42. Mike from Norwell

    Mike:First off, you have no data to accurately identify who was and who wasn’t on steroids. So your pool of a 1000 MLB players (forget the minor leaguers, they’ve been subject to testing for a long time) isn’t exactly the huge number that you posit. In my line of work multiply that by about another 1000 and then you can start get some statistical significance.I’ll admit I hadn’t looked into too much of sabermetrics before, outside of maybe perusing Bill James Baseball Abstract a few times in the 80s. Interesting sure, and I see some economists dabbling (as a hobby, don’t kid yourself), but have you ever heard of the practical phrase “false precision?”You seem to be hanging your hat on this Art De Vany article (which I did read, and also found a counter to his logic). I kind of feel like I’m falling into a circular argument here with a 9/11 truther or a Holocaust denier on this point. You seem to be asserting that because it can’t be “statistically proven” (when there are so many issues in even identifying your sample base) then steroids/PEDs have no effect on performance.From a practical standpoint though, if this crap doesn’t work, why have so many top of the line athletes with 8 or 9 decimal points on the line used this stuff? I wouldn’t think that they would be risking health, financial well being, and reputation on a placebo. Do you have any idea of the hundreds of millions of dollars forfeited by the likes of Bonds, Clemens, and now Manny (good luck getting a contract next year, sport) in contracts and endorsements?Will agree that the whole PED argument is oversimplified when focusing on home run production (that was the simple argument in the late 90s). As we have seen, PED issue is not just tied to bulky HR hitters; little guys and pitchers also have been swept up.But I’d sure like to see a much larger body of work as your Holy Grail than De Vany. I do know enough that just because you can’t isolate a factor (and you know darned well you can’t in this pretty small sample base) doesn’t invalidate suspicions.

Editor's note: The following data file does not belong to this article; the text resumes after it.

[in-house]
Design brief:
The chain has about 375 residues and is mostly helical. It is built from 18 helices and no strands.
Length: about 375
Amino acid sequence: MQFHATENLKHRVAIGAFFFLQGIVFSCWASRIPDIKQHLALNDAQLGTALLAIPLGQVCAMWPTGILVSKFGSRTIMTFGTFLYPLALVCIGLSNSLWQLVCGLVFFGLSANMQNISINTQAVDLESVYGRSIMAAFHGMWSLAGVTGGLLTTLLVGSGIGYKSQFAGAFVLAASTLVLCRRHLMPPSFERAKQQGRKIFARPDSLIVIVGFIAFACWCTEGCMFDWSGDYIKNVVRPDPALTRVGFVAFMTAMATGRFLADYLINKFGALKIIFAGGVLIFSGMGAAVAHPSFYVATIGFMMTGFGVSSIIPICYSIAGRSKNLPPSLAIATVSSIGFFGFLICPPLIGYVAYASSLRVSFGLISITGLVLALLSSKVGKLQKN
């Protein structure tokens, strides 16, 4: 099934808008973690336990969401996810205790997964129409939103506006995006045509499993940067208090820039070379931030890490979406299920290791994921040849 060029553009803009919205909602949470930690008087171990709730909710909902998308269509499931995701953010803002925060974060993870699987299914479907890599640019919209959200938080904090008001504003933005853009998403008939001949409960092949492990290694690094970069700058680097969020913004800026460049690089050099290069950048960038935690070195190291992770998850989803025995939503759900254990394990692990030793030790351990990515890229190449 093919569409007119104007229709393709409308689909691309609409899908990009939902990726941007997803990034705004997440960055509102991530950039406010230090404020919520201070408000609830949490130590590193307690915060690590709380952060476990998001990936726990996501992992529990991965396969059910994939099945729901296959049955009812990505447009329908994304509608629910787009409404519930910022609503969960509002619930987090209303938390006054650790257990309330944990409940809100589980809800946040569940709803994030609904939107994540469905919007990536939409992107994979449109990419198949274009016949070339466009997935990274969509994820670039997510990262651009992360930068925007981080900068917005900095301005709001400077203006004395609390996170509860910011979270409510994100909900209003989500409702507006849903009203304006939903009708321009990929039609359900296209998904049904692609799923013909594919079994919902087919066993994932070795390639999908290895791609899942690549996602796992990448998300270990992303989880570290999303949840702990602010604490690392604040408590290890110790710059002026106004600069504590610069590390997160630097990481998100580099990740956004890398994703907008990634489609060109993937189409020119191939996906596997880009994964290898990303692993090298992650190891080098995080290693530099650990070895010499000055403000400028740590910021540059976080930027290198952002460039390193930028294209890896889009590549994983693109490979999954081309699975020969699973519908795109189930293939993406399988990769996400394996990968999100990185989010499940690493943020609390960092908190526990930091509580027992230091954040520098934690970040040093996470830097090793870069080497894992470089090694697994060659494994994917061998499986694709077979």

43. Dan Kennedy

    I’ve been thinking about the whole notion of whether it can be shown statistically that PEDs do or do not result in improved baseball performance, and it strikes me that it’s besides the point. Players themselves are too variable.Here’s the issue: Is it or is it not a fact that steroid use increases strength? If it is, then it’s self-evident that some players are going to benefit from it. Doesn’t really matter that Manny Alexander never hit 50 (or 5) home runs.

  44. mike_b1

    Mike, my Holy Grail isn’t De Vany. His research is just a fraction of what’s out there. Dan, if baseball were all about strength, you would see a very different set of players out there, don’t you think? If 100% of the players chewed bubble gum, and it had no affect on performance, would anyone care? Nope. So why would we care if a subset of drugscould make a few guys stronger than their peers, except if it made a difference in the game results? It’s all about what happens on the field.